Champagne, please!

Dear Readers:

It’s official!

After several twists, turns, interruptions, a major relocation, and a last-minute concussion, I’m relieved to report that I’ve successfully obtained my Champagne Master Level designation through the international Wine Scholar Guild.

As mentioned before, I consider Champagne the ‘flip side’ of Burgundy – same varietals (chardonnay + pinot noir), but different textures, complexities, and concept of terroir.

I sat for the exam directly before leaving for Burgundy’s 157th annual Hospices de Beaune wine auction – what a sweet return surprise.

Champagne, please!

As always, great to hear from you in the ‘Comments’ section below and on social media – cheers!

All images and text Copyrighted 2017 | L. M. Archer. All Rights Reserved.

Guest Wine Writer Series | № 12 | Caroline Henry | The Real Meaning of Terroir in Champagne Today

Welcome to binNotes | redThread™

Inspired stories about wine and taste makers.

By L.M. Archer, FWS | Bourgogne ML

This week I share an embarrassment of riches with you as guest writer and international Champagne authority, author and journalist Caroline Henry takes on “The Real Meaning of Terroir in Champagne,” just in time for #Chardonnay Day on May 25, 2017.

I consider Caroline’s gracious reprisal as a guest wine writer here on binNotes | redThread™ a true honor and rare privilege, and hope you enjoy her rare insight into this year’s Le Printemps des Champagne equally fascinating – cheers!

You can view her feature on the topic of Bioenergetic Wines here.

You can read my review of Caroline Henry’s book Terroir Champagne here.


The Real Meaning of Terroir in Champagne Today”

by Caroline Henry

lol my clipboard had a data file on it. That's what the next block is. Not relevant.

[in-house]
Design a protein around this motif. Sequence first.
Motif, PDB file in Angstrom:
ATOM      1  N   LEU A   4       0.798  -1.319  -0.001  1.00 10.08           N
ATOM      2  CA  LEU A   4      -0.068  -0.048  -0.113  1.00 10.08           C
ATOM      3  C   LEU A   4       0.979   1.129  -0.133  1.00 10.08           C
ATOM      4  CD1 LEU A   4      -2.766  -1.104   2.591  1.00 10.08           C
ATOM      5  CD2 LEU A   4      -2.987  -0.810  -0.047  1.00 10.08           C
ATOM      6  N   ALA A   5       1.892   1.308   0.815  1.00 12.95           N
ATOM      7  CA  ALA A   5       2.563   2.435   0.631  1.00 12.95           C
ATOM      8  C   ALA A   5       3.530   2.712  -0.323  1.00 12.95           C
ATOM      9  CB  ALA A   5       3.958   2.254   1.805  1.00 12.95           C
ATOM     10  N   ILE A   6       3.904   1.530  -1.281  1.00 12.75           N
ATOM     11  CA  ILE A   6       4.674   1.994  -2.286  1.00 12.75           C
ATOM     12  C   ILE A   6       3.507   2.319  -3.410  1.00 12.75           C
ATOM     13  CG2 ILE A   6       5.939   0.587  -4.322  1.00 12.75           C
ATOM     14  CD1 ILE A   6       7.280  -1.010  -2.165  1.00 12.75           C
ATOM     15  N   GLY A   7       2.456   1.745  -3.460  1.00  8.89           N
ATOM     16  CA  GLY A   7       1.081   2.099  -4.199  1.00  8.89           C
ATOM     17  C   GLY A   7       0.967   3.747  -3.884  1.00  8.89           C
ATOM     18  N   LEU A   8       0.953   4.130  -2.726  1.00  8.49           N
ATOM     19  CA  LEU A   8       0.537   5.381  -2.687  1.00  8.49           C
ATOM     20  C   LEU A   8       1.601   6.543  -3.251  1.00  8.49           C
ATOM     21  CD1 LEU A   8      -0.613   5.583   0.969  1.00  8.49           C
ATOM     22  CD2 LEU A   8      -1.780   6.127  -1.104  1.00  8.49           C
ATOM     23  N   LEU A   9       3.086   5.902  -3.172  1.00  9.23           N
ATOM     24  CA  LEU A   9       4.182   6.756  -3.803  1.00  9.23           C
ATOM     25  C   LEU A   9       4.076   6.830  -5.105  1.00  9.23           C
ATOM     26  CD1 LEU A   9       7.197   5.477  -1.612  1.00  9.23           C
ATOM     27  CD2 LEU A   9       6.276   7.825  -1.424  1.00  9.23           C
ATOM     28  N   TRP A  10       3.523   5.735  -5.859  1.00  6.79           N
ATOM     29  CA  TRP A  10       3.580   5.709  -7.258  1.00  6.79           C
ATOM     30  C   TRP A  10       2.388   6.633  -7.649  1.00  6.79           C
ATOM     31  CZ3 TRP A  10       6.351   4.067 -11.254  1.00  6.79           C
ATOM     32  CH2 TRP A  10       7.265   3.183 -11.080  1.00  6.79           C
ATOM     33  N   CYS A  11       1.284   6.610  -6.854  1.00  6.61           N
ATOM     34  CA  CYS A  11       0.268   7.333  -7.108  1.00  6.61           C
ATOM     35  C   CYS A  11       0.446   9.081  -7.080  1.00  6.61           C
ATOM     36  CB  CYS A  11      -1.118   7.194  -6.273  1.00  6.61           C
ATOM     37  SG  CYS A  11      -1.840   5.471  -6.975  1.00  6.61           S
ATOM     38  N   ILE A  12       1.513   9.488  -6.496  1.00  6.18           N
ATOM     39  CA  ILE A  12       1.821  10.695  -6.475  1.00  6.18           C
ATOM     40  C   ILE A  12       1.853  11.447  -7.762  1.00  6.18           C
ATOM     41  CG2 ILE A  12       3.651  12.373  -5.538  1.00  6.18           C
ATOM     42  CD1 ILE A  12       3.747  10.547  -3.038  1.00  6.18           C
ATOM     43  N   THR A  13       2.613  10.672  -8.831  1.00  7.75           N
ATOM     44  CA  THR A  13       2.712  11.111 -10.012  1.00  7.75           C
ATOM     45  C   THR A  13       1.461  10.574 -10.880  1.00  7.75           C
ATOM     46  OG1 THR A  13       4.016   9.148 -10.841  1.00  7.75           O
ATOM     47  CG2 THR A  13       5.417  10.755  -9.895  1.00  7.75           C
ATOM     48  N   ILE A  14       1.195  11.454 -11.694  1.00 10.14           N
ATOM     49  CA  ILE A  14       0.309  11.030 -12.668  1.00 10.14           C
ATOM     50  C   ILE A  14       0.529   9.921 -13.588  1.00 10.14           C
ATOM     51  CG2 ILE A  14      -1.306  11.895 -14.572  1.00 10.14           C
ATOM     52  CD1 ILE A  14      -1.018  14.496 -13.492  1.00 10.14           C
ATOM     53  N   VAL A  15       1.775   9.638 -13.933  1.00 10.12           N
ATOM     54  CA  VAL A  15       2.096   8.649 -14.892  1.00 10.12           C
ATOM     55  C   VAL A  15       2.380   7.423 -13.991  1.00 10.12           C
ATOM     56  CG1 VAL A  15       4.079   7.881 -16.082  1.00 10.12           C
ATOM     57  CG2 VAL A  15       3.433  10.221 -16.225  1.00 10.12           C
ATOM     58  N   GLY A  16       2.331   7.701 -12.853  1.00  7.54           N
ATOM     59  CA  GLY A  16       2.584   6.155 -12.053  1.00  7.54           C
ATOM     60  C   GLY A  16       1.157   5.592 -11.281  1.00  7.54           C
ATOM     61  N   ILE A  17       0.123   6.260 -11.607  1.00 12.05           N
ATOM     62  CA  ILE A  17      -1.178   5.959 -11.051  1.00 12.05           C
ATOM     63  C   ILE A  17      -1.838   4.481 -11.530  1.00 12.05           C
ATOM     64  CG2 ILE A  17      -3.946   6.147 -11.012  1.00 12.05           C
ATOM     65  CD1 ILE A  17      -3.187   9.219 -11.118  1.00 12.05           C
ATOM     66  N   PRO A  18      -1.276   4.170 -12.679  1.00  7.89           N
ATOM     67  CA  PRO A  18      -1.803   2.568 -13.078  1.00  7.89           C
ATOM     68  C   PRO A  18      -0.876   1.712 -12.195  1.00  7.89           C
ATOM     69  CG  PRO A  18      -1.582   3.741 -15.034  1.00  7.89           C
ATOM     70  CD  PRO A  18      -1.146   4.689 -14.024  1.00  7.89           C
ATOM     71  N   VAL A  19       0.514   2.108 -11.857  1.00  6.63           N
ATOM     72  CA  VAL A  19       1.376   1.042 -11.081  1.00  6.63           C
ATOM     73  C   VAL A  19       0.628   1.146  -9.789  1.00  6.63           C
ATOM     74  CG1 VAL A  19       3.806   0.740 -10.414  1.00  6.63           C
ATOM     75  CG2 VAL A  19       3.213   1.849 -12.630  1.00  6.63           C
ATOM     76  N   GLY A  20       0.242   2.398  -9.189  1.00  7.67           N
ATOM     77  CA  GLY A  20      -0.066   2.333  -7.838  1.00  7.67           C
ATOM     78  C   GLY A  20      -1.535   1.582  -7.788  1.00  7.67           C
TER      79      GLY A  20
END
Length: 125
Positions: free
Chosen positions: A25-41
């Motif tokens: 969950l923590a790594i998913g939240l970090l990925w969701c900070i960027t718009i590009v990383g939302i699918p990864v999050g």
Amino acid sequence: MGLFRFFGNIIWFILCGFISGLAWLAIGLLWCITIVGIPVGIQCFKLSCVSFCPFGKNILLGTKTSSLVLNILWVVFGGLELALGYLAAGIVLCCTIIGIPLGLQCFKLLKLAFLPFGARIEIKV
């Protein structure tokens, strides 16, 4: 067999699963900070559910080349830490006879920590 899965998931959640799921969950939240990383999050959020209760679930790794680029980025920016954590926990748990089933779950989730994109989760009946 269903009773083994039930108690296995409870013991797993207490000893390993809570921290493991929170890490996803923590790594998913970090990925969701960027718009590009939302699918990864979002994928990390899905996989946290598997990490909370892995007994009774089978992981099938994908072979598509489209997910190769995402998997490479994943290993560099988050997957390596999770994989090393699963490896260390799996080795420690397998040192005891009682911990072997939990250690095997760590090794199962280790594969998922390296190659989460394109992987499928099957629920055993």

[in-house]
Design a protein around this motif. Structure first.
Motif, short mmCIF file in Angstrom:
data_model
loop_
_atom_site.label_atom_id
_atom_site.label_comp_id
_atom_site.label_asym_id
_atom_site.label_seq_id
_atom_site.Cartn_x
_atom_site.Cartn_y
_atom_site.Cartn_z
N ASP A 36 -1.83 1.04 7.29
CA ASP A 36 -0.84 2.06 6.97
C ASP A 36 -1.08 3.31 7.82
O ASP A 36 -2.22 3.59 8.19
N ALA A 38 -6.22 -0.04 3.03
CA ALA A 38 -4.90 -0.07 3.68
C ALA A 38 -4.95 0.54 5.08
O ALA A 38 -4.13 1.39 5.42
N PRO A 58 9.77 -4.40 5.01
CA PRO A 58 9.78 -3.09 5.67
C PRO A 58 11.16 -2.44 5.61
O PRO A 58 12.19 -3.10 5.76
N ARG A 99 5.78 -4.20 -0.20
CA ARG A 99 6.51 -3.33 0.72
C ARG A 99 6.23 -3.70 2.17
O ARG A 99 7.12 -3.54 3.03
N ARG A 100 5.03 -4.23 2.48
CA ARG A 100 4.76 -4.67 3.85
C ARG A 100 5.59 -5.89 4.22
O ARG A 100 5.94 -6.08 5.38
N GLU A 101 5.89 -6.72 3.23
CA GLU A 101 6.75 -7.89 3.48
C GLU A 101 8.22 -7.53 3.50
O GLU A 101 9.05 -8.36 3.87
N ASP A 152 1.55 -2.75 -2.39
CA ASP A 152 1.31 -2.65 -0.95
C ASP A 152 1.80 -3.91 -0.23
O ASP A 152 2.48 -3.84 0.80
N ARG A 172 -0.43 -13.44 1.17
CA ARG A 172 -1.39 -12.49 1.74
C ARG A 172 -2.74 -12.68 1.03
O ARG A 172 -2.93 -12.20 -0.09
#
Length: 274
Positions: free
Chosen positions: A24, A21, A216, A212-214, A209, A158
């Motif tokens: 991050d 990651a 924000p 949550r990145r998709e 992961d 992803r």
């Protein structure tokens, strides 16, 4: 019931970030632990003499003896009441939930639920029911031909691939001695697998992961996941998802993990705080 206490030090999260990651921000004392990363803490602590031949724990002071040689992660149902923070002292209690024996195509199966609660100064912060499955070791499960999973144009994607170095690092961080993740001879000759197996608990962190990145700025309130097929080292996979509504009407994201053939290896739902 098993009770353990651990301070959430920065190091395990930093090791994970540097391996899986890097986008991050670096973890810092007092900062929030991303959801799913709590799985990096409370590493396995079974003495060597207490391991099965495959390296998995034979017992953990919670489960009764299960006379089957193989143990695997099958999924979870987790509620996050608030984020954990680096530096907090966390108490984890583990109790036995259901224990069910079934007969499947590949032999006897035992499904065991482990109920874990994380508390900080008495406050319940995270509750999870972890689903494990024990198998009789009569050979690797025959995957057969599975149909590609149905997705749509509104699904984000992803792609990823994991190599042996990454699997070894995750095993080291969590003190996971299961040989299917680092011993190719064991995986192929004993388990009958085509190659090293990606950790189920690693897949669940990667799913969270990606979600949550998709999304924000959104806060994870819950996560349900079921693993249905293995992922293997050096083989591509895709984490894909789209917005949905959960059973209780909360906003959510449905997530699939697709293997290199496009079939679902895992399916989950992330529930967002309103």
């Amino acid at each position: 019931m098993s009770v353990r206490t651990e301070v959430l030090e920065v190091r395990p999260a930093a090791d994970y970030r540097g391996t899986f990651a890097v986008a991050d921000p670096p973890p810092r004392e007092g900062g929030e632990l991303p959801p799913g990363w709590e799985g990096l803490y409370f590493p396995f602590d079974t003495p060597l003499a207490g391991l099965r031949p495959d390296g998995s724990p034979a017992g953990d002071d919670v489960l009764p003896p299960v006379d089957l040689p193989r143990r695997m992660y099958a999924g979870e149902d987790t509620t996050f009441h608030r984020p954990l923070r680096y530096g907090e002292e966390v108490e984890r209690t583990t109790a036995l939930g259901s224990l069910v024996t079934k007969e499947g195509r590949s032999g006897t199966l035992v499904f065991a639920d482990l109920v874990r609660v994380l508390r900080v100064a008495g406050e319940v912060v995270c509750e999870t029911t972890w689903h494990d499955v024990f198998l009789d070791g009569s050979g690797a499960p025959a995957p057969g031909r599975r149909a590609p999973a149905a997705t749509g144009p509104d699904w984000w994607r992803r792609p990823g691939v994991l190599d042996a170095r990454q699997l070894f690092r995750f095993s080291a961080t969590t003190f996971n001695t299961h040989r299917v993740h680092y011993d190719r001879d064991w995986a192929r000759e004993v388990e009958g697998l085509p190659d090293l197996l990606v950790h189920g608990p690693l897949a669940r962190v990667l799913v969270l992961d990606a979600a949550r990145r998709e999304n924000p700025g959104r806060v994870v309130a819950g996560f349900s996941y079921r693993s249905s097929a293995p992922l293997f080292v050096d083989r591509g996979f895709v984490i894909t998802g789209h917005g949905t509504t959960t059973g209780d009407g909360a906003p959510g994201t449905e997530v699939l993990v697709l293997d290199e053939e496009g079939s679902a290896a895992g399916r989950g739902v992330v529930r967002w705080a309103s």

Terroir, the dark horse winning the champagne race

The second Les Printemps des Champagne has come and gone, and with it the more than 1,000 visitors who descended upon the region for the event. The particularity of this specific event is that it grew from a group of young Champenois’s desire to explain their terroir.

Nine years ago, 18 winemakers joined forces under the banner of Terres et Vins de Champagne, to organize a tasting showing off their vins clairs (still wines) as well as their champagne. The aim of the tasting was to show the impact of the terroir on the grape variety in a specific vintage. Raphael Bérèche, one of the founders of the event elaborates: “We wanted to show that Champagne also has a myriad of terroirs and that grape varieties have a different expression depending on where in the region they are grown.” The still wines were shown as it is often easier to notice the terroir differences there rather than in the champagnes.

The first tasting drew a lot of interest from importers, trade and press, and after a successful second edition, other winegrowers decided to regroup and organize similar tastings. This in turn generated more trade and press interest, and more groups were created leading to the ‘officialization’ of the Printemps de Champagne. However, today’s twenty-two-tasting-event is a lot more about increasing one’s brand exposure than about explaining the terroir.